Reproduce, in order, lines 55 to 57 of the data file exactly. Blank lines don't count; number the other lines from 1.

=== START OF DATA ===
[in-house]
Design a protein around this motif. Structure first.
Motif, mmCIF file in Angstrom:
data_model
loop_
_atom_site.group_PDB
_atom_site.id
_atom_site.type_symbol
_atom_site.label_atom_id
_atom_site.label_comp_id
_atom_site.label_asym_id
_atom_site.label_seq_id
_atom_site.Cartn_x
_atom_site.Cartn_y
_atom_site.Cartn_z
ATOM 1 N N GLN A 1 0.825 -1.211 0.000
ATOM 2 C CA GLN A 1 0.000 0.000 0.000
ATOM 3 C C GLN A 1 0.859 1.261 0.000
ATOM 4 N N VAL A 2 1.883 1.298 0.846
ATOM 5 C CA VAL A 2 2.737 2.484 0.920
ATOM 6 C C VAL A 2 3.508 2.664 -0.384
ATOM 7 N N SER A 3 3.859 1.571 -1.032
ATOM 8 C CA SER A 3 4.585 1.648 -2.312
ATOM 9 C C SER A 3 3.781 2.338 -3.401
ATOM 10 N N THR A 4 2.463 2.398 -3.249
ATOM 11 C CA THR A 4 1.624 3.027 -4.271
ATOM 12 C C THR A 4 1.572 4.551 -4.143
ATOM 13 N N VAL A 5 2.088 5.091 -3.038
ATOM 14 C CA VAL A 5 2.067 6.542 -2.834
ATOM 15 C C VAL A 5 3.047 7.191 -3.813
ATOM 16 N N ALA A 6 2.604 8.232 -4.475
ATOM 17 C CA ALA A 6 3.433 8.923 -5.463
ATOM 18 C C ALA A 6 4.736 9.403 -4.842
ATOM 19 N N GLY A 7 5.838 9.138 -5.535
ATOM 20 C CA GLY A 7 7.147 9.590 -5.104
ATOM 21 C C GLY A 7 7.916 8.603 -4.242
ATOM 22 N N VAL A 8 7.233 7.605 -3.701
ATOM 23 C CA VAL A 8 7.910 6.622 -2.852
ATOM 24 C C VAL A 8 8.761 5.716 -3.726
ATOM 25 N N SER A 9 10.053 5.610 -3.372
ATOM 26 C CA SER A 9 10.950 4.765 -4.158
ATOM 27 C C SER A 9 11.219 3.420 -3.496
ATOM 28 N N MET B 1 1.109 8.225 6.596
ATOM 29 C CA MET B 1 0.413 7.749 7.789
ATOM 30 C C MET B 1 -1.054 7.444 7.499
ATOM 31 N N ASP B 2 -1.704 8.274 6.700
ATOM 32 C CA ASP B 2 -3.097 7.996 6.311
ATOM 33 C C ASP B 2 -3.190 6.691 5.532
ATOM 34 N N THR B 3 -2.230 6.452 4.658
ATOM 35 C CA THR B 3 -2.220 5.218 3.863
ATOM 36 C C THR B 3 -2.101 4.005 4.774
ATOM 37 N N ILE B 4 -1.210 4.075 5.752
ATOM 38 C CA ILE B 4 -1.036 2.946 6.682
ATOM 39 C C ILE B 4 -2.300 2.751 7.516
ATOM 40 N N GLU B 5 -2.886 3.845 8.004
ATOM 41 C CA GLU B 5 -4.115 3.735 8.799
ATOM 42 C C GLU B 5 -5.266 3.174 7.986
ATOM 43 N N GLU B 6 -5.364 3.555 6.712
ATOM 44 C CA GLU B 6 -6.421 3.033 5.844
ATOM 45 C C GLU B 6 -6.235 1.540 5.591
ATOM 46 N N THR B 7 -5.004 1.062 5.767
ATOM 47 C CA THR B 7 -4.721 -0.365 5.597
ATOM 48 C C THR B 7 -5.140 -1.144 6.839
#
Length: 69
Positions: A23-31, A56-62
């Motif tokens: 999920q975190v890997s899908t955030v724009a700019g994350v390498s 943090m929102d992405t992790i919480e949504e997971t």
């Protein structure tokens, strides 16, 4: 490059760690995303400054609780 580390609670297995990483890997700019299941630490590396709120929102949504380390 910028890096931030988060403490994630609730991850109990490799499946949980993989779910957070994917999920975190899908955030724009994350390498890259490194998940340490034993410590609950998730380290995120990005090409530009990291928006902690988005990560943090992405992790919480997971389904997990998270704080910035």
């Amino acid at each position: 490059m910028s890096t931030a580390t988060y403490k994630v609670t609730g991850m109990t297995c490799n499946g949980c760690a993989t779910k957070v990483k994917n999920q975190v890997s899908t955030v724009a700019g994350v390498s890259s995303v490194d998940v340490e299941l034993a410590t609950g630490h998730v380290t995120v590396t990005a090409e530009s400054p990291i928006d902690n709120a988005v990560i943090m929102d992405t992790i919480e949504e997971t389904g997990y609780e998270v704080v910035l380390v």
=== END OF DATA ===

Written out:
ATOM 40 N N GLU B 5 -2.886 3.845 8.004
ATOM 41 C CA GLU B 5 -4.115 3.735 8.799
ATOM 42 C C GLU B 5 -5.266 3.174 7.986